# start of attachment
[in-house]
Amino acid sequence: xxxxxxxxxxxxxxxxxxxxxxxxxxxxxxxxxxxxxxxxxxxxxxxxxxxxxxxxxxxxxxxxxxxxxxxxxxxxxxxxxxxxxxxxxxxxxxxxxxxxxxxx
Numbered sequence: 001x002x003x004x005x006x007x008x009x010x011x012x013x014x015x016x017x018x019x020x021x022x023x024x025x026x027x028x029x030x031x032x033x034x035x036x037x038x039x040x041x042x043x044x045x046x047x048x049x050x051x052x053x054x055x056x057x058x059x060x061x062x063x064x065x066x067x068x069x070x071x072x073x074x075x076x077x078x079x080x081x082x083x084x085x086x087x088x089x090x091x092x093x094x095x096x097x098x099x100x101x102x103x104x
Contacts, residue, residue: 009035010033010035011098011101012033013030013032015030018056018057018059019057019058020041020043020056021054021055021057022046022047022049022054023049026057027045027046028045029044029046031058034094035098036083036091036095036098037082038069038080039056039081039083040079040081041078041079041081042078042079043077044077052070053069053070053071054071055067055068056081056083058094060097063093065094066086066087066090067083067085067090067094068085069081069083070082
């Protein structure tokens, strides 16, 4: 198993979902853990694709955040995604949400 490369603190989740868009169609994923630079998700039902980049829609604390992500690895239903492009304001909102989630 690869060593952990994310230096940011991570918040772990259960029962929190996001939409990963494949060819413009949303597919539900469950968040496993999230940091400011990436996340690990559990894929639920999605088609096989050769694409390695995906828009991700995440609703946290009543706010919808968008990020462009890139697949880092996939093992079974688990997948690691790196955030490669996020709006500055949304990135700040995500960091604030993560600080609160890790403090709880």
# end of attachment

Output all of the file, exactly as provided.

[in-house]
Amino acid sequence: xxxxxxxxxxxxxxxxxxxxxxxxxxxxxxxxxxxxxxxxxxxxxxxxxxxxxxxxxxxxxxxxxxxxxxxxxxxxxxxxxxxxxxxxxxxxxxxxxxxxxxxx
Numbered sequence: 001x002x003x004x005x006x007x008x009x010x011x012x013x014x015x016x017x018x019x020x021x022x023x024x025x026x027x028x029x030x031x032x033x034x035x036x037x038x039x040x041x042x043x044x045x046x047x048x049x050x051x052x053x054x055x056x057x058x059x060x061x062x063x064x065x066x067x068x069x070x071x072x073x074x075x076x077x078x079x080x081x082x083x084x085x086x087x088x089x090x091x092x093x094x095x096x097x098x099x100x101x102x103x104x
Contacts, residue, residue: 009035010033010035011098011101012033013030013032015030018056018057018059019057019058020041020043020056021054021055021057022046022047022049022054023049026057027045027046028045029044029046031058034094035098036083036091036095036098037082038069038080039056039081039083040079040081041078041079041081042078042079043077044077052070053069053070053071054071055067055068056081056083058094060097063093065094066086066087066090067083067085067090067094068085069081069083070082
């Protein structure tokens, strides 16, 4: 198993979902853990694709955040995604949400 490369603190989740868009169609994923630079998700039902980049829609604390992500690895239903492009304001909102989630 690869060593952990994310230096940011991570918040772990259960029962929190996001939409990963494949060819413009949303597919539900469950968040496993999230940091400011990436996340690990559990894929639920999605088609096989050769694409390695995906828009991700995440609703946290009543706010919808968008990020462009890139697949880092996939093992079974688990997948690691790196955030490669996020709006500055949304990135700040995500960091604030993560600080609160890790403090709880």